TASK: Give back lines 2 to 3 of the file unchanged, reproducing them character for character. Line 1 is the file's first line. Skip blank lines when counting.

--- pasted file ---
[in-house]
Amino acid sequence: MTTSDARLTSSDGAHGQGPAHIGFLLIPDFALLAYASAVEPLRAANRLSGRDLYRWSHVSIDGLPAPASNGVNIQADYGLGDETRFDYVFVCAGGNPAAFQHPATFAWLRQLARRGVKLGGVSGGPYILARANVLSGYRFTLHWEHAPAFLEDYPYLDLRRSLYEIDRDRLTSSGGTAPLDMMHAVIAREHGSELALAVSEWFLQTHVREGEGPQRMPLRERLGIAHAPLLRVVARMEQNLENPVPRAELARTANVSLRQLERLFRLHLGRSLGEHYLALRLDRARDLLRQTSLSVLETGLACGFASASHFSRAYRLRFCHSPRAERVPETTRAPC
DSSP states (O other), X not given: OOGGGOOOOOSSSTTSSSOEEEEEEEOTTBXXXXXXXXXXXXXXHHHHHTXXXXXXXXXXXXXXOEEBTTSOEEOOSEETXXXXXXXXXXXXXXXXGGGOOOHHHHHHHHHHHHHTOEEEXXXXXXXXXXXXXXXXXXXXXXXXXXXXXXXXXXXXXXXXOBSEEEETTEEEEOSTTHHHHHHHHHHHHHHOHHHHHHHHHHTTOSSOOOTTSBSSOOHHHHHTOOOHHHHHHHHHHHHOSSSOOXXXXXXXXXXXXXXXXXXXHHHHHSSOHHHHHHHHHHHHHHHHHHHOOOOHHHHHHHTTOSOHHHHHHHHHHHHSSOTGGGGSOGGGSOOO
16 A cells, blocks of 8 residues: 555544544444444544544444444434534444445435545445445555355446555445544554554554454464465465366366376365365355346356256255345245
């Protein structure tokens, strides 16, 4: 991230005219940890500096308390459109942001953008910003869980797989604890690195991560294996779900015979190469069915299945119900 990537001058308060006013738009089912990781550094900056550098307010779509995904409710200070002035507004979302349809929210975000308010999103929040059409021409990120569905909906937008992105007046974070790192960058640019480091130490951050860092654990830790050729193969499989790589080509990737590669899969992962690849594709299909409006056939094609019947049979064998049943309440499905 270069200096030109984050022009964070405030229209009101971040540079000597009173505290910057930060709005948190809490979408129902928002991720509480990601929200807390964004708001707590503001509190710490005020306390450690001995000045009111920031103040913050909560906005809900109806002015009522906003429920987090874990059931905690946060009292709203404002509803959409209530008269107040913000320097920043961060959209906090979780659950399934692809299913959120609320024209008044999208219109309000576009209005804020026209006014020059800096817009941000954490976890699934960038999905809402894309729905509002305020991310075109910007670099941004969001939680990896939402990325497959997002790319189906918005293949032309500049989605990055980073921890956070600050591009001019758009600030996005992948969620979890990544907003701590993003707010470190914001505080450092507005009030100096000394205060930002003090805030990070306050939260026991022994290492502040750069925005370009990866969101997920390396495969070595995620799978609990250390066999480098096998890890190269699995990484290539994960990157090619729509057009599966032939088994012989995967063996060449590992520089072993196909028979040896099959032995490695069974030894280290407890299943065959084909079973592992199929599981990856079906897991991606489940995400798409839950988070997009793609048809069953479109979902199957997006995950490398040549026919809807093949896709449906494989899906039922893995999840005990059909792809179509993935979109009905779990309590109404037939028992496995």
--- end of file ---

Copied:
Amino acid sequence: MTTSDARLTSSDGAHGQGPAHIGFLLIPDFALLAYASAVEPLRAANRLSGRDLYRWSHVSIDGLPAPASNGVNIQADYGLGDETRFDYVFVCAGGNPAAFQHPATFAWLRQLARRGVKLGGVSGGPYILARANVLSGYRFTLHWEHAPAFLEDYPYLDLRRSLYEIDRDRLTSSGGTAPLDMMHAVIAREHGSELALAVSEWFLQTHVREGEGPQRMPLRERLGIAHAPLLRVVARMEQNLENPVPRAELARTANVSLRQLERLFRLHLGRSLGEHYLALRLDRARDLLRQTSLSVLETGLACGFASASHFSRAYRLRFCHSPRAERVPETTRAPC
DSSP states (O other), X not given: OOGGGOOOOOSSSTTSSSOEEEEEEEOTTBXXXXXXXXXXXXXXHHHHHTXXXXXXXXXXXXXXOEEBTTSOEEOOSEETXXXXXXXXXXXXXXXXGGGOOOHHHHHHHHHHHHHTOEEEXXXXXXXXXXXXXXXXXXXXXXXXXXXXXXXXXXXXXXXXOBSEEEETTEEEEOSTTHHHHHHHHHHHHHHOHHHHHHHHHHTTOSSOOOTTSBSSOOHHHHHTOOOHHHHHHHHHHHHOSSSOOXXXXXXXXXXXXXXXXXXXHHHHHSSOHHHHHHHHHHHHHHHHHHHOOOOHHHHHHHTTOSOHHHHHHHHHHHHSSOTGGGGSOGGGSOOO